On the face of the Man of the Shroud there are various swellings evident and a broken nose, probably caused by a blow that also struck the right cheek (Mt 27, 30; Mk 15, 19; Jn 19, 3).
The Man of the Shroud has an ecchymosis on the left scapula and a wound on the right shoulder, linkable to carrying the horizontal part of the cross, the patibulum (Mt 27, 31-32; Mk 15, 20-21; Lk 23, 26; Jn 19, 17). In the area of bruising, the wounds from the flagrum have not been lacerated by friction from the wood: if in fact Jesus was made to wear a robe (Mt 27, 31; Mk 15, 20), which protected the wounds from being rubbed, but then caused considerable pain when it was torn off before the crucifixion (Mt 27, 35; Mk 15, 24; Lk 23, 34, Jn 19, 23-24). The falls, passed on by tradition, are confirmed by soil particles mixed with blood found on the nose and left knee. The tying on of the patibulum prevented the convicted man from using his hands to break his fall. A considerable amount of soil material was also identified at the heel.
The Man of the Shroud was not a Roman citizen, otherwise he would not have been crucified. The wrists and feet wounds correspond to those of a man fixed to the cross with nails. The Shroud image does not show the thumbs: lesion of the median nerve, caused by a nail piercing the wrist, causes, in fact, contraction of the thumb.
Forensic analysis shows that when the Man of the Shroud died he was dehydrated (Mt 27, 48; Mk 15, 36; Lk 23, 36, Jn 19, 28-29; Ps 69, 4; Ps 69, 22; Ps 22, 16). To speed up death, the legs of the crucified man were very often broken: thus the condemned man died asphyxiated since hung by his arms. It appears from the Shroud that the legs were not broken (Jn 19, 33; Ex 12, 46). The Man of the Shroud was pierced on the right side of the chest. The edges of the wound are spread, sharp and linear, typical of a blow given after death. Heart attack followed by haemopericardia is considered the most probable cause of death. Haemopericardia is the terminal moment of a myocardial heart attack and is caused by spasms in the coronaries under the pressure of violent psychophysical stress. Death by haemopericardia is clear from the splotch of blood escaped from the wound, in which there are thick clots separated by a dense ring of serum, which can happen in a man who has died following considerable accumulation of blood in the thoracic region. This accumulation can be explained by the rupture of the heart and the consequent pouring of blood between the heart and outer pericardial tissue, which causes rending retrosternal pain. The Gospel says that before expiring Jesus launched a cry (Mt 27, 50; Mk 15, 37; Lk 23, 46; Ps 69, 21; Ps 22, 15). The wound, made on the corpse by a spear after a certain time, allowed an outflow of blood that had already separated from the serum (Jn 19, 34; Is 53, 5; Zc 12, 10; 1 Jn 5, 6; Ezk 47, 1).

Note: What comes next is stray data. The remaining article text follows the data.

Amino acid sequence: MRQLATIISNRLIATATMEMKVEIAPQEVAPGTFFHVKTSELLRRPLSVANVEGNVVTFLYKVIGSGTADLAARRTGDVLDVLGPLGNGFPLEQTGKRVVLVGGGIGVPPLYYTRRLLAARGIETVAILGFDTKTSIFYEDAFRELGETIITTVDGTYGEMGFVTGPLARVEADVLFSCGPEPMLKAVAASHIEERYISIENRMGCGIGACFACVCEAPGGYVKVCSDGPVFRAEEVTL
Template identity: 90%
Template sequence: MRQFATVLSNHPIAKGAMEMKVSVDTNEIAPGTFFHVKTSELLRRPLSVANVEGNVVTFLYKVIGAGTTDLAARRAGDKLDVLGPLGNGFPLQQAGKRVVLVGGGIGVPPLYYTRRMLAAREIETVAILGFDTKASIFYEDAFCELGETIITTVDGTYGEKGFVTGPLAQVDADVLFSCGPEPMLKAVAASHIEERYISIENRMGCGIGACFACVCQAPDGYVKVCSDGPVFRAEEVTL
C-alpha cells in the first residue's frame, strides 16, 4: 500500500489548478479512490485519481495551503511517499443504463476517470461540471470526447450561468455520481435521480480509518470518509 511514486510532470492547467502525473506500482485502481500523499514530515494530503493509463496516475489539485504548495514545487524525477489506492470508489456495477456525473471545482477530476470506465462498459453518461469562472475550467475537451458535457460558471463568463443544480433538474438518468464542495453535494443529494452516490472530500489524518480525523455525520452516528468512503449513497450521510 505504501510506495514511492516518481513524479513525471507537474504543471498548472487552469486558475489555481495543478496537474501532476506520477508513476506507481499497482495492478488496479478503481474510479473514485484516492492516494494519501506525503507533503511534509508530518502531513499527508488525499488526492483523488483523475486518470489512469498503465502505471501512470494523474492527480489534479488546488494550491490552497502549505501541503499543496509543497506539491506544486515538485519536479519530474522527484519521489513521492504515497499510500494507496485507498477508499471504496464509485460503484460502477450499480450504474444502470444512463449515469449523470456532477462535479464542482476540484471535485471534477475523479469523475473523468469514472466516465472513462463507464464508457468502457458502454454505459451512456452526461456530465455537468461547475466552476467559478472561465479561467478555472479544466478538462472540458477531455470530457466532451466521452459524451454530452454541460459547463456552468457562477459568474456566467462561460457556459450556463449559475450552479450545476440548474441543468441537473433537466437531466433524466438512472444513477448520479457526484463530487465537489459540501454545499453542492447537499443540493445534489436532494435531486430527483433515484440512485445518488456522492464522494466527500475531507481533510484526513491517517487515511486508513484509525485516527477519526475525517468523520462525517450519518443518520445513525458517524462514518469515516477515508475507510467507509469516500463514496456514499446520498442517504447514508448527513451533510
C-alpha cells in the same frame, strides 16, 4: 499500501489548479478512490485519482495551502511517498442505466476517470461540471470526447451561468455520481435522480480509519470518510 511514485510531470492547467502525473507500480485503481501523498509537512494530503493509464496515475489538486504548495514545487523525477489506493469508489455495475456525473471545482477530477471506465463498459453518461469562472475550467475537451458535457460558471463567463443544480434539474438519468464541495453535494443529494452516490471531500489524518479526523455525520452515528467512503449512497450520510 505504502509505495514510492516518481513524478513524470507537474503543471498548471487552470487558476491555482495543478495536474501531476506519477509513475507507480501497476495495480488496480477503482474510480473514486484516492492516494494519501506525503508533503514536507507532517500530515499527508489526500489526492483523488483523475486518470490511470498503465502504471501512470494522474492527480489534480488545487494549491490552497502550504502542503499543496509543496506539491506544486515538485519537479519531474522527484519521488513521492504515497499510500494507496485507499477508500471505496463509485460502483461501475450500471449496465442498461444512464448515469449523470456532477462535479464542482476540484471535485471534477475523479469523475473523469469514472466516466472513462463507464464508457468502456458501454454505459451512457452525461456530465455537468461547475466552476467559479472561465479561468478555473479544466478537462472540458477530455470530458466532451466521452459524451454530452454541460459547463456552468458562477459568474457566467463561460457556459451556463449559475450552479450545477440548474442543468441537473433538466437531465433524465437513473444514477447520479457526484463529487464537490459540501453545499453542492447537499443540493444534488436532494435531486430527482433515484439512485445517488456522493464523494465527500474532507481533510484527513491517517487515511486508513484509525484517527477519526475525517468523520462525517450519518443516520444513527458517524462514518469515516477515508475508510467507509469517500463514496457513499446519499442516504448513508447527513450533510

The Shroud is a linen sheet of precious weave: the Gospels tell us that the winding sheet of Jesus was bought by Joseph of Arimathea, a rich man (Mt 27, 57-60; Mk 15, 42-46; Lk 23, 50-53; Jn 19, 38-40). On the Shroud were found traces of aloes and myrrh, fragrant substances brought by Nicodemus (Jn 19, 39-40). The Man of the Shroud was not washed because he was a victim of violent death. From the blood stains it is deduced that his body was wrapped in the linen within two and a half hours after death and remained in the sheet for less than forty hours. There are in fact no signs of putrefaction (Ps 16, 10).
Finally, contact between the body and the cloth was interrupted without altering the blood stains that have remained extremely sharp. If the body had been taken out of the sheet, there would be smudges and there are none. But the imprints show that there was no mechanical extraction.
Pope Benedict XVI receiving a present of a copy of the Shroud from the diocese of Turin, in the Paul VI  Hall 2 June 2008. The copy is actual size – 437 cm long by 111 high

Pope Benedict XVI receiving a present of a copy of the Shroud from the diocese of Turin, in the Paul VI Hall 2 June 2008. The copy is actual size – 437 cm long by 111 high

And therefore, to return to the previous question, how does one explain the date 1260-1390 given by the 1988 C14 analysis?
MARINELLI: Many scholars immediately after the presentation of results of the analysis, and again recently, were convinced that it can’t be considered valid. It has been said that the sample was not representative of the whole cloth. A bioplastic coating of fungi and bacteria was found on the threads. In addition there are cotton fibrils and incrustation of dyes, indicative of an invisible mend that may have affected the validity of that test. Unfortunately, the three laboratories did not at the time provide the raw data of the analysis, and that requires us to accept the result without even a partial possibility of counter testing. But there has been much talk of the analyses, perhaps even too much, and common opinion tends to give C14 dating an almost “prodigiously” definitive value. It is instead a complex test itself naturally subject to error.
In a BBC documentary, recently broadcast by Italian television also, Professor Christopher Ramsey, the current director of the laboratory at Oxford and the person who signed the results of the tests at the time, seemed fairly willing to rethink the 1988 results. It has been said on several sides that they could be put into question...
MARINELLI: I have had a direct exchange of correspondence with him precisely on that point and it seems to me that his thinking was a little forced, perhaps also to gain publicity for the documentary. In substance, he says that faced with new elements he would be willing to call the matter into question again, but that at present he doesn’t see why it should be reopened. Whereas we hope that on the occasion of the new display planned for 2010 a fresh wider-ranging inquiry may be conducted. The problem of dating methods, albeit important, is certainly secondary to the question of how the image was made on the cloth of the Shroud. And the how would help us also understand the when and the why.

Italiano Español Français Deutsch Português